Jean Crowder felt a long way from her Nanaimo-Cowichan riding during the shocking events in Ottawa on Wednesday.
"It was pretty scary," she said over the phone as she completed the 30-minute walk to her home in the capital.
The usually urbane Crowder was at a loss for words for a moment.
"The word I find myself using most to describe it is unnerving," she said. "You just don’t anticipate anything like this."
Crowder was not on Parliament Hill itself when an armed man broke in after shooting a reserve soldier who was one of two ceremonial guards at the Tomb of the Unknown Soldier.
She was at the Canadian Human Rights Tribunal a couple of blocks from Parliament Hill on Elgin Street, reporting to her colleagues about the proceedings at the tribunal.
"I wasn’t in the thick of it but we also ended up being locked down. At one point they weren’t letting us leave the building and asked us to stay away from the windows. That was pretty scary."
Some of her colleagues were in a caucus meeting in the Parliament Buildings themselves and late in the day Wednesday, some of them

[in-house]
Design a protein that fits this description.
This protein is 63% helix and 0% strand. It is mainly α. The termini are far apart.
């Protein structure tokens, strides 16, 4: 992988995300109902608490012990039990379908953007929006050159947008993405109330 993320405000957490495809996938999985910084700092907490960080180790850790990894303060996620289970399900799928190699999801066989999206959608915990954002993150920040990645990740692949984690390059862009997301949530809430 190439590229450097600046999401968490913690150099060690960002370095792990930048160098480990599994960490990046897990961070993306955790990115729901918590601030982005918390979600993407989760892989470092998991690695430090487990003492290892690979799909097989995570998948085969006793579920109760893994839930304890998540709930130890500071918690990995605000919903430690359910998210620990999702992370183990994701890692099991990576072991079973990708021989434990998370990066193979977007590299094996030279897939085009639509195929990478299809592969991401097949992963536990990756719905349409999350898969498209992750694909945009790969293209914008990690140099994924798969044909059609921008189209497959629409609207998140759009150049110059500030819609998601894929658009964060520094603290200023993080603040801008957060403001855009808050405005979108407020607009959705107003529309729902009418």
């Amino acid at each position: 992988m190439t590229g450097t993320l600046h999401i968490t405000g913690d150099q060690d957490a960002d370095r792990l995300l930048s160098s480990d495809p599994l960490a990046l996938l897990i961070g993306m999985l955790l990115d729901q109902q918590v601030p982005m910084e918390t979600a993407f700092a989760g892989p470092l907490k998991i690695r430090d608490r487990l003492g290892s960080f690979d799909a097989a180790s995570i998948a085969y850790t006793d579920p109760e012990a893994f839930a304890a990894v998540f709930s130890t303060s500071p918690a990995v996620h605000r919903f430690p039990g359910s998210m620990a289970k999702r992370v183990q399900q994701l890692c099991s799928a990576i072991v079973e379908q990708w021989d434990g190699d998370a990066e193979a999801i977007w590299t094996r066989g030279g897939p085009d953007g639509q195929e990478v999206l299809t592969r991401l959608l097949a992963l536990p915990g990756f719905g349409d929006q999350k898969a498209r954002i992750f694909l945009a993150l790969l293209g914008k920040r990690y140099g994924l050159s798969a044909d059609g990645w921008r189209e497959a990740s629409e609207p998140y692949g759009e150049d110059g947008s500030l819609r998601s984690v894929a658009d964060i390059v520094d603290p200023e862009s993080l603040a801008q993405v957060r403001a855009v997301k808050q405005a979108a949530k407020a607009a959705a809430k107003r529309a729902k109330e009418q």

were still there.
"I’m almost home. They just let us get out the building with the understanding that we couldn’t get back into the building once we left. You were basically on your own hook."
It was not her normal walk home.
"There really isn’t much traffic on the streets. Out at my end of town things are, not normal, but more normal. But downtown, there’s lots of police and other vehicles. Roads are barricaded off."
Crowder first heard about the shooting on Twitter.
"I was at the tribunal for the closing arguments on this child welfare case. I was sending tweets out about what was happening there. And then I saw the early reports. It was pretty difficult for the first 10 minutes or so to get any additional news.
"Of course, you didn’t know what was happening to people. But quickly there were messages coming out that our caucus was safe and urging us to pay attention to the messages from security."
Crowder didn’t know if she would be returning to work the next day but by Thursday morning everyone was back in the House.
The three party leaders embraced each other before going to thank Sergeant-at-Arms Kevin Vickers, who shot the gunman who made his way into the buildings.
Across Canada Wednesday, many official areas were shut down with the country on heightened alert and Crowder didn’t know what to expect when she eventually returned to the Hill. "There is some rumour that they are breaking down doors to our offices to make sure no one is hiding in them but I can’t confirm that."
She agreed that many, many people would not be doing much
sleeping in Ottawa that night.
"I think people are feeling pretty shell-shocked because this is so far out of their experience. What
I’m seeing people do is reach out to each other because we’ve all had a similar experience today," she said.